My only qualm with the fit is that though Castelli says the sleeves have been designed to pair well with its gloves, I found it didn’t quite work as advertised during testing.
I used Castelli’s own Estremo and Spettacolo RoS gloves and found it fiddly when positioning them over the sleeves.
A wide temperature range
The jacket’s breathability is class-leading and I never felt the windchill.
I was initially sceptical about the Polartec Alpha material on the inside of the Alpha. I’ve experienced it in other jackets and oddly found it would irritate my skin for the first hour or so of a ride, despite wearing a baselayer. I’m glad to report this didn’t happen here.
Generally, the jacket seems to run a little cooler than the equivalent Alpha RoS 2. I was happy to ride with a short-sleeve baselayer until 4 or 5°C, before swapping to a long-sleeve alternative in colder conditions.
In comparison, I’m happy to wear the Alpha RoS 2 with a short-sleeve baselayer down to around 3°C.
On the two occasions I tested the jacket at -1°C, it still kept me warm enough, but it’s a shame I wasn’t able to test the -5°C claim. My hunch is the heavier Alpha RoS 2 is the better performer in the coldest conditions.
When the temperatures reached double figures, the Alpha Ultimate Insulated jacket was still comfortable to wear and I didn’t feel like I was boiling in a bag. The ability to unzip the Polartec Alpha layer helped and allowed a sufficient amount of air in.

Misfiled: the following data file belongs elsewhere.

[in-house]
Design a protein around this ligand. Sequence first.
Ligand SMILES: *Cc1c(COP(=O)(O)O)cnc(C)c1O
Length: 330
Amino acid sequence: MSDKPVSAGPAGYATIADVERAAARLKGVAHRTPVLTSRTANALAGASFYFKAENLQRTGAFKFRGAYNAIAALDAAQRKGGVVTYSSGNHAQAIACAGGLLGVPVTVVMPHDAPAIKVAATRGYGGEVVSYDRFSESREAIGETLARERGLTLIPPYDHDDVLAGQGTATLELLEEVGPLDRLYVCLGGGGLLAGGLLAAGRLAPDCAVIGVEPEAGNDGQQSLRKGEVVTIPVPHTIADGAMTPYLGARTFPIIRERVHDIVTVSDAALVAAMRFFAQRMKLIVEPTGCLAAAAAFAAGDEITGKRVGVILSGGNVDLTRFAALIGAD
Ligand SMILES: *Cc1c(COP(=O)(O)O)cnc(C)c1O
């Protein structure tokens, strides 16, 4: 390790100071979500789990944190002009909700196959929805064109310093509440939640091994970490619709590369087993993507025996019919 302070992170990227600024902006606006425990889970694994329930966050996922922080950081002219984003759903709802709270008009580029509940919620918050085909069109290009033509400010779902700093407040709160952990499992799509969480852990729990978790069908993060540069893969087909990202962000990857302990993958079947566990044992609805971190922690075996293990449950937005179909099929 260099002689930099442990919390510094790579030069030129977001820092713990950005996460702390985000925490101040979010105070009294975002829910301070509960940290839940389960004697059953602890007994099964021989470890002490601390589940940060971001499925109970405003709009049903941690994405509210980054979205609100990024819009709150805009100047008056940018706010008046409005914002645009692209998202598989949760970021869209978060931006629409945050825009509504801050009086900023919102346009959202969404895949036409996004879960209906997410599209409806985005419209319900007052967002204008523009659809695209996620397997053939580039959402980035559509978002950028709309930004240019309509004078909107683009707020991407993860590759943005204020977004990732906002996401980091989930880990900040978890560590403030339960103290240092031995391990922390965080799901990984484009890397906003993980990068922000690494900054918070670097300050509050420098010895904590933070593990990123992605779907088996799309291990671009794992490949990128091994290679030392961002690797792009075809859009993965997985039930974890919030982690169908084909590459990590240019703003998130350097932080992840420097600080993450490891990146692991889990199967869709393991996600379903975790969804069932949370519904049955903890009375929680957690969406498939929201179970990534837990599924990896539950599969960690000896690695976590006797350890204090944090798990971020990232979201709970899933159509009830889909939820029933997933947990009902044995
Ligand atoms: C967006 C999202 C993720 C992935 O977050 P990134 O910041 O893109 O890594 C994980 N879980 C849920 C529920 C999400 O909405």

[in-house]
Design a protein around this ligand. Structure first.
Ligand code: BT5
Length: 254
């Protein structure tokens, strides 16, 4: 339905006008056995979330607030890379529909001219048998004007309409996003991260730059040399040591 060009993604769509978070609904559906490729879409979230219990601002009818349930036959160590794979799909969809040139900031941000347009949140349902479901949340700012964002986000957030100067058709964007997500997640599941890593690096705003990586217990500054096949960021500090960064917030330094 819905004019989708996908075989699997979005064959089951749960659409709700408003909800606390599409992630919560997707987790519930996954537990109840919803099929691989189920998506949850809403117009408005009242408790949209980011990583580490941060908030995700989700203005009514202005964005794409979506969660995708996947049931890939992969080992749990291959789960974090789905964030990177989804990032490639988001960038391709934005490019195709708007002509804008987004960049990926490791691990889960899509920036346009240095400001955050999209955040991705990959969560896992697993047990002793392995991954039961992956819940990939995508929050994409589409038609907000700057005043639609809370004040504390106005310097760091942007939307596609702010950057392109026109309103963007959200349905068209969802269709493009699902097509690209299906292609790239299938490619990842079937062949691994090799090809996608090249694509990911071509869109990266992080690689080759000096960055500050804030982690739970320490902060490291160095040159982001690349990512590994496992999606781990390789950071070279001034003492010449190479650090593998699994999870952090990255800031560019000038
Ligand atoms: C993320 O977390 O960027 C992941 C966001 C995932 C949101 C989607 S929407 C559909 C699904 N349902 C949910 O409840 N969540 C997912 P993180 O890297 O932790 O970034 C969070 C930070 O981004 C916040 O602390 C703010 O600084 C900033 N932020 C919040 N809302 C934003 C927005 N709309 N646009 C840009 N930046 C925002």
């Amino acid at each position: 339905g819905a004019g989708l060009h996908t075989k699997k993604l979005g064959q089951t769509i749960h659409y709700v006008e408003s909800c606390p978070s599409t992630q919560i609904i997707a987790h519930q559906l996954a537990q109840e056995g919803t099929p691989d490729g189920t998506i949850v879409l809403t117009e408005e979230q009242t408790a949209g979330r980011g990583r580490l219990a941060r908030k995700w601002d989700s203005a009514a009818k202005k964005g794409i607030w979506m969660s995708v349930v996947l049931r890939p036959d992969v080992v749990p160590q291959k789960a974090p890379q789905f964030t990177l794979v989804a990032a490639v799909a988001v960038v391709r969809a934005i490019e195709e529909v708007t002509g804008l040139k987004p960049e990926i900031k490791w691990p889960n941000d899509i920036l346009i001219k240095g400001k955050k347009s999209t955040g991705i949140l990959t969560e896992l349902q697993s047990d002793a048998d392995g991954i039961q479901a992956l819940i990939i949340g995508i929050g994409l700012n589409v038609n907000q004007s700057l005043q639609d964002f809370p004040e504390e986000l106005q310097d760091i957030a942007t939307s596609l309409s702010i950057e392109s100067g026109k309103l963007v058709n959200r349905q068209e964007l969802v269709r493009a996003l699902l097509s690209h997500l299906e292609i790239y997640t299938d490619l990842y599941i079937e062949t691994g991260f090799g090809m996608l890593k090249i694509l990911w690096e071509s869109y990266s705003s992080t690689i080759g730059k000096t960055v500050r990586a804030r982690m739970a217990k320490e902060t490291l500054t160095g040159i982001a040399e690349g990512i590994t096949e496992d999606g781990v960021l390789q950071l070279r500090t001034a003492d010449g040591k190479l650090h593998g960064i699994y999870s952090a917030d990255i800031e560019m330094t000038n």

Dark skies beckon…
The jacket is impressive in the wet, although the Polartec Neo fabric doesn’t perform as well as Gore-Tex Infinium. However, Castelli doesn’t claim it to.
One particularly memorable ride was in a snow flurry, which then turned to sleet and biblical rain. Around 10km into the 55km ride, all of my cycling attire bar the Alpha was sodden.
The jacket performed very admirably in these conditions and around two thirds of the way into the ride, I felt its tail begin to feel damp.
When I removed the jacket at the end of the ride, water had clearly started to get through the sleeves and the neck of the jacket, although my skin felt dry except at the tail.
A dropped tail (or some mudguards or fenders) could be a logical solution to this problem.